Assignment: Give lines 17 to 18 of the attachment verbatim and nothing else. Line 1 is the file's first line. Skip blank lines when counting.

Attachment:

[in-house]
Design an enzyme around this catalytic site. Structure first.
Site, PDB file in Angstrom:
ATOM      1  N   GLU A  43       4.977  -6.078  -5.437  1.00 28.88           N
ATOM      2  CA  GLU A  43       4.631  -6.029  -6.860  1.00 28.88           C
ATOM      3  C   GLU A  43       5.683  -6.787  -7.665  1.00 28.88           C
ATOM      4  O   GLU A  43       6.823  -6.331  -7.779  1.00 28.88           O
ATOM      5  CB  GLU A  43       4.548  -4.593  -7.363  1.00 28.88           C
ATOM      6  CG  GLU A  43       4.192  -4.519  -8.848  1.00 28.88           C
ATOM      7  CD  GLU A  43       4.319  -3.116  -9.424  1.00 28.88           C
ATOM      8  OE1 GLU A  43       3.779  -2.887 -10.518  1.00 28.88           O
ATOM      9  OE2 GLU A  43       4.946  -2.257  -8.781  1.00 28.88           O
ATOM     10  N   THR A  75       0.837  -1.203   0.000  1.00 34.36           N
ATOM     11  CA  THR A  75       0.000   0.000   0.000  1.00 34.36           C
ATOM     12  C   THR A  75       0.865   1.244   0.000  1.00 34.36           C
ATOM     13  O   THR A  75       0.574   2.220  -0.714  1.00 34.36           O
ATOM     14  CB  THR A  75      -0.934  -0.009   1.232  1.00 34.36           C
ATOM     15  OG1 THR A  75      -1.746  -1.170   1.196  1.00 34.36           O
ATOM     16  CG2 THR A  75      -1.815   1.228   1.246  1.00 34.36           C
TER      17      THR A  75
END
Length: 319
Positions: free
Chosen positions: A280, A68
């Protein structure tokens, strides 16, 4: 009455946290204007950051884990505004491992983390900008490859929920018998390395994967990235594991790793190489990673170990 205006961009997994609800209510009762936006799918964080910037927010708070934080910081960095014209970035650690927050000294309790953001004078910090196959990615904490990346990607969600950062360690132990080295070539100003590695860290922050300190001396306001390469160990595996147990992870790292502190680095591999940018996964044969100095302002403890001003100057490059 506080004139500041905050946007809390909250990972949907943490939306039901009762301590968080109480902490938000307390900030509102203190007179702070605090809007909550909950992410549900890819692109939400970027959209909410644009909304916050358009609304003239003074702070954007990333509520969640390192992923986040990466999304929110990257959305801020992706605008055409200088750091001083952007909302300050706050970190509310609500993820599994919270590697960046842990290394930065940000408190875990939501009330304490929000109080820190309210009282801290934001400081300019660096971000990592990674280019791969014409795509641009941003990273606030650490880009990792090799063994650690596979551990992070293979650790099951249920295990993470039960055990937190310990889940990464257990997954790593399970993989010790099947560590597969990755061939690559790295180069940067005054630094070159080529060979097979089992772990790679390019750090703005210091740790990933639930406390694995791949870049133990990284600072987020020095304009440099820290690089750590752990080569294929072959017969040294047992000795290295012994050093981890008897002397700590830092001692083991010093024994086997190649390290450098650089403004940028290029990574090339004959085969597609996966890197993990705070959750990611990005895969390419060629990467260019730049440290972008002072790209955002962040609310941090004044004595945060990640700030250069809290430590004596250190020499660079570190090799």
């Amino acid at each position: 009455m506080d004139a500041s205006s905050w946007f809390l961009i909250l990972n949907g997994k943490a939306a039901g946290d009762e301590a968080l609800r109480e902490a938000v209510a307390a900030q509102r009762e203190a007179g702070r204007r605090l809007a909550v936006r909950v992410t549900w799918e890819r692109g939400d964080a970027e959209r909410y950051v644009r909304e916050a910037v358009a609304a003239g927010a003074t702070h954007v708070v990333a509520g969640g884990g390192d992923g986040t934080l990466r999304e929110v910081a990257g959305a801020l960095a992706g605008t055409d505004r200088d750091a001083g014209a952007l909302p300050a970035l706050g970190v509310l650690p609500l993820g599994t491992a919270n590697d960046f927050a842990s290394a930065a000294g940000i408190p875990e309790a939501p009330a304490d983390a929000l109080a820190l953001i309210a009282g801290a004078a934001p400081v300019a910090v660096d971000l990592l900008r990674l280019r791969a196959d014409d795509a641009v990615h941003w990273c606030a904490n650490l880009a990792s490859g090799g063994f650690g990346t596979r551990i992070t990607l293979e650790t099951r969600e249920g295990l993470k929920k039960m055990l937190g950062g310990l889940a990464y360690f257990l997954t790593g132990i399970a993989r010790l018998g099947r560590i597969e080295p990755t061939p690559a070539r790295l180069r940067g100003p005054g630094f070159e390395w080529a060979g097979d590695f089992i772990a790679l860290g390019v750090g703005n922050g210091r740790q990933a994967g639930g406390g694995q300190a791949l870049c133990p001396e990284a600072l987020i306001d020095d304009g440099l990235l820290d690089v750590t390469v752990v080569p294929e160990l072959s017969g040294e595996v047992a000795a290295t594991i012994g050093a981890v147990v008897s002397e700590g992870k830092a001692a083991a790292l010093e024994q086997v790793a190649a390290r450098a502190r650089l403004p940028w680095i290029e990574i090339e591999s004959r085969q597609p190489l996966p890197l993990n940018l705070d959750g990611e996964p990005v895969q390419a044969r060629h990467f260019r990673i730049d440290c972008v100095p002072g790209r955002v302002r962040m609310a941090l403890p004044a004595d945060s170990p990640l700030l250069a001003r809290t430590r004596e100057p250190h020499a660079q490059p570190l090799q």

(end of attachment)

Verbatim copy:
ATOM     14  CB  THR A  75      -0.934  -0.009   1.232  1.00 34.36           C
ATOM     15  OG1 THR A  75      -1.746  -1.170   1.196  1.00 34.36           O